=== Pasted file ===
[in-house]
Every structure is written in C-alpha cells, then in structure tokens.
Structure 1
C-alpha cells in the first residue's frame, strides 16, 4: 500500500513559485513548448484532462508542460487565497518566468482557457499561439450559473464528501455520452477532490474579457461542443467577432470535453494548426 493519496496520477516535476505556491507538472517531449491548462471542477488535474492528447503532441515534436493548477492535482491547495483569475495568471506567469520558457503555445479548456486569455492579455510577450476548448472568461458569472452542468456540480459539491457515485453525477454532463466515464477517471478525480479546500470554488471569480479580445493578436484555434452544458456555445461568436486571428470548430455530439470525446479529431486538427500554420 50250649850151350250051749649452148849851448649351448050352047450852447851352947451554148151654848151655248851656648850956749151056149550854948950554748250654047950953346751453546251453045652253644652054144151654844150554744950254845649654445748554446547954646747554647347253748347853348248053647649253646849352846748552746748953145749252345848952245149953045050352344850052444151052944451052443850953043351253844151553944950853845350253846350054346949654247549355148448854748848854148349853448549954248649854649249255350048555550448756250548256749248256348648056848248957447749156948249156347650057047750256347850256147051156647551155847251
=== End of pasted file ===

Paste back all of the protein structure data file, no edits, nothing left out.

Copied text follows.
[in-house]
Every structure is written in C-alpha cells, then in structure tokens.
Structure 1
C-alpha cells in the first residue's frame, strides 16, 4: 500500500513559485513548448484532462508542460487565497518566468482557457499561439450559473464528501455520452477532490474579457461542443467577432470535453494548426 493519496496520477516535476505556491507538472517531449491548462471542477488535474492528447503532441515534436493548477492535482491547495483569475495568471506567469520558457503555445479548456486569455492579455510577450476548448472568461458569472452542468456540480459539491457515485453525477454532463466515464477517471478525480479546500470554488471569480479580445493578436484555434452544458456555445461568436486571428470548430455530439470525446479529431486538427500554420 50250649850151350250051749649452148849851448649351448050352047450852447851352947451554148151654848151655248851656648850956749151056149550854948950554748250654047950953346751453546251453045652253644652054144151654844150554744950254845649654445748554446547954646747554647347253748347853348248053647649253646849352846748552746748953145749252345848952245149953045050352344850052444151052944451052443850953043351253844151553944950853845350253846350054346949654247549355148448854748848854148349853448549954248649854649249255350048555550448756250548256749248256348648056848248957447749156948249156347650057047750256347850256147051156647551155847251